Arctic terrestrial ecosystems are major global sources of methane (CH4); hence, it is important to understand the seasonal and climatic controls on CH4 emissions from these systems. Here, we report year-round CH4 emissions from Alaskan Arctic tundra eddy flux sites and regional fluxes derived from aircraft data. We find that emissions during the cold season (September to May) account for >= 50% of the annual CH4 flux, with the highest emissions from noninundated upland tundra. A major fraction of cold season emissions occur during the "zero curtain" period, when subsurface soil temperatures are poised near 0 degrees C. The zero curtain may persist longer than the growing season, and CH4 emissions are enhanced when the duration is extended by a deep thawed layer as can occur with thick snow cover. Regional scale fluxes of CH4 derived from aircraft data demonstrate the large spatial extent of late season CH4 emissions. Scaled to the circumpolar Arctic, cold season fluxes from tundra total 12 +/- 5 (95% confidence interval) Tg CH4 y(-1), similar to 25% of global emissions from extratropical wetlands, or similar to 6% of total global wetland methane emissions. The dominance of late-season emissions, sensitivity to soil environmental conditions, and importance of dry tundra are not currently simulated in most global climate models. Because Arctic warming disproportionally impacts the cold season, our results suggest that higher cold-season CH4 emissions will result from observed and predicted increases in snow thickness, active layer depth, and soil temperature, representing important positive feedbacks on climate warming.
  • Michel, Matthieu (Helsingin yliopisto, 2020)
    Hybrid wheat has been the focus of much research for its potential high yield, high protein content and better resistance to biotic and abiotic stresses. Nowadays, only CHA (Chemical Hybridizing Agent) method is used to induce male sterility at a commercial scale. However, this technique is hard to implement on a large production scale and other methods have been investigated for several years. CMS (Cytoplasmic Male Sterility) has been shown to be a promising way to develop hybrid wheat. However, one downside of the technique is the challenging breeding stage step and the associated conversion and restoration process. To fully express the potential gain in yield, the restoration of the cytoplasmic sterility must be complete for the F1 to be fully fertile. In this study, we investigated different methods to assess fertility restoration in nursery and compared the results with the trial notations. The collected data were also used to feed a genomic selection model to predict the behavior of untested hybrids. The results showed a high experimental error of the bagging method originated mostly from human manipulation. The visual scoring showed higher repeatability but was poorly correlated with trial score. A deeper study of the trial scoring revealed an interesting effect coming from the female and an expression of sterility for commercial lines and CHA hybrid checks. Good prediction accuracies were found for genomic selection on both methods, however deeper studies and cross prediction are needed. The multilocation trials remained the best option to score fertility restoration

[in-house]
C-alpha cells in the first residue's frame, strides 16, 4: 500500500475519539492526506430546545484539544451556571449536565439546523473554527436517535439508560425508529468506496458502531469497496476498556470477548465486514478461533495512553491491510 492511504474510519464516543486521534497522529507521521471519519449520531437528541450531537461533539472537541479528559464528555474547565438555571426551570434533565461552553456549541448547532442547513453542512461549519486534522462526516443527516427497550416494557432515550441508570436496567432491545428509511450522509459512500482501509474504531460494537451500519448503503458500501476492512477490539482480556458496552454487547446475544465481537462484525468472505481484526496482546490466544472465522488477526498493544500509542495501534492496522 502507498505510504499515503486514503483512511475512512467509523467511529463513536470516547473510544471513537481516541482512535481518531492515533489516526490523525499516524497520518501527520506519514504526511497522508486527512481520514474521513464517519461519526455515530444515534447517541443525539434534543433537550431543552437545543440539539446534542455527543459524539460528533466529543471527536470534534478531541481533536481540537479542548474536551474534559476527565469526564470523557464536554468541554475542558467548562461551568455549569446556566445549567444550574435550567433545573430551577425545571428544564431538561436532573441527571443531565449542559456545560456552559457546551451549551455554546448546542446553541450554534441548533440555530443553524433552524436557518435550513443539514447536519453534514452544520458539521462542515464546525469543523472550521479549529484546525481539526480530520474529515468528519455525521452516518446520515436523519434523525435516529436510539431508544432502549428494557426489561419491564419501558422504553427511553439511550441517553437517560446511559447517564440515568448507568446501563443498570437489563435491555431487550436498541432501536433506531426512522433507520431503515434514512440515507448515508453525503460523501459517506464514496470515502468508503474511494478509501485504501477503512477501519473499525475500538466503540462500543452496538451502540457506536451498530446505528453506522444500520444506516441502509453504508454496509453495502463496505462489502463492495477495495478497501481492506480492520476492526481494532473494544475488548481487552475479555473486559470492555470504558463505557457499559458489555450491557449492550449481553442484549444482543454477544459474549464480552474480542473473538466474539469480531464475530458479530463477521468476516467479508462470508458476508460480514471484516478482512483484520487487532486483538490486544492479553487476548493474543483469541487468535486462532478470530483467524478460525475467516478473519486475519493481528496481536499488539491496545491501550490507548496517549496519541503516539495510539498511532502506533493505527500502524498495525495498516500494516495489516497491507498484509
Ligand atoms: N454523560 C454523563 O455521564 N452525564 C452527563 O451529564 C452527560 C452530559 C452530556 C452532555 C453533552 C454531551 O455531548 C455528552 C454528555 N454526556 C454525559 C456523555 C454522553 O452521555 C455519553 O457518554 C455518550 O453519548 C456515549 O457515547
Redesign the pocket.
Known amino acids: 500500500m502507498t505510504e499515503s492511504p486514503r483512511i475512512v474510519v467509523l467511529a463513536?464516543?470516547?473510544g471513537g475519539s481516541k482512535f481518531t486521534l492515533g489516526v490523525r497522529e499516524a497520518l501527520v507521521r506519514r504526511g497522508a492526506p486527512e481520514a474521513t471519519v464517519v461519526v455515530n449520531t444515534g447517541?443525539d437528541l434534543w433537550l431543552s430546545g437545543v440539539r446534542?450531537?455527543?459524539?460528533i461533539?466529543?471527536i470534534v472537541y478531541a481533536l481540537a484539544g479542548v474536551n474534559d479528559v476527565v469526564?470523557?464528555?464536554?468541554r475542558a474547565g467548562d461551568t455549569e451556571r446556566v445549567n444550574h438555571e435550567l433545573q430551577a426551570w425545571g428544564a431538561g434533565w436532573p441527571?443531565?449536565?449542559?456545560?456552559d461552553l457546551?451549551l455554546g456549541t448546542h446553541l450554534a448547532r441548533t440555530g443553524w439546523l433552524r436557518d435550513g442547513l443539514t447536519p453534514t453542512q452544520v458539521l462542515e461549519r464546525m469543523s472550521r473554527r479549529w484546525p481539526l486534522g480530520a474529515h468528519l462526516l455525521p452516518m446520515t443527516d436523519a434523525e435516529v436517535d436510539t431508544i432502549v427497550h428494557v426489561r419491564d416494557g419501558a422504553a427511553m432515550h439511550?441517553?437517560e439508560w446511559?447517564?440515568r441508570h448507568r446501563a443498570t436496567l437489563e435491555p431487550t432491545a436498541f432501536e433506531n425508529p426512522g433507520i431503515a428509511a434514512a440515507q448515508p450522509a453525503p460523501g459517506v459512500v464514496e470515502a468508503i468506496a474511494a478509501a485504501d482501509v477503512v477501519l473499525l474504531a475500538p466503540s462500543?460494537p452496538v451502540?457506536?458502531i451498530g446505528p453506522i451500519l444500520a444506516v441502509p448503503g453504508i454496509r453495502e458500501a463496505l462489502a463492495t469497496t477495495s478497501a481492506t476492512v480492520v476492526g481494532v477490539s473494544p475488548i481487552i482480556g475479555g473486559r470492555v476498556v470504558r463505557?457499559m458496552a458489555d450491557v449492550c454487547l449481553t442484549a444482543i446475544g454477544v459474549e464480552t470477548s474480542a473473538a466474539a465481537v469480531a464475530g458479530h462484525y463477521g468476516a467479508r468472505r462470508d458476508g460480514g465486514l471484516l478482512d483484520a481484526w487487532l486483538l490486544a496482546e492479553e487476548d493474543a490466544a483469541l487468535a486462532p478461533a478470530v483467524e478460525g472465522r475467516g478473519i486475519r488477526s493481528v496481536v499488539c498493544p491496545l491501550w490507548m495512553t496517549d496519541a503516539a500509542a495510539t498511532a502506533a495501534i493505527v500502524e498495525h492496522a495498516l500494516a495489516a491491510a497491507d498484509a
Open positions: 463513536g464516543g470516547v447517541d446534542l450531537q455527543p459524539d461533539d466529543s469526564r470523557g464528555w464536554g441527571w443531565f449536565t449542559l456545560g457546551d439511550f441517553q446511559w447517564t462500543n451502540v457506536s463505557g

• Scholz, F. (Suomen metsätieteellinen seura, 1981)
  • Havas, Paavo (Suomen metsätieteellinen seura, 1971)
  • Soikkeli, Sirkka (Suomen metsätieteellinen seura, 1981)
  • Sjöblom, Robin (Helsingin yliopisto, 2020)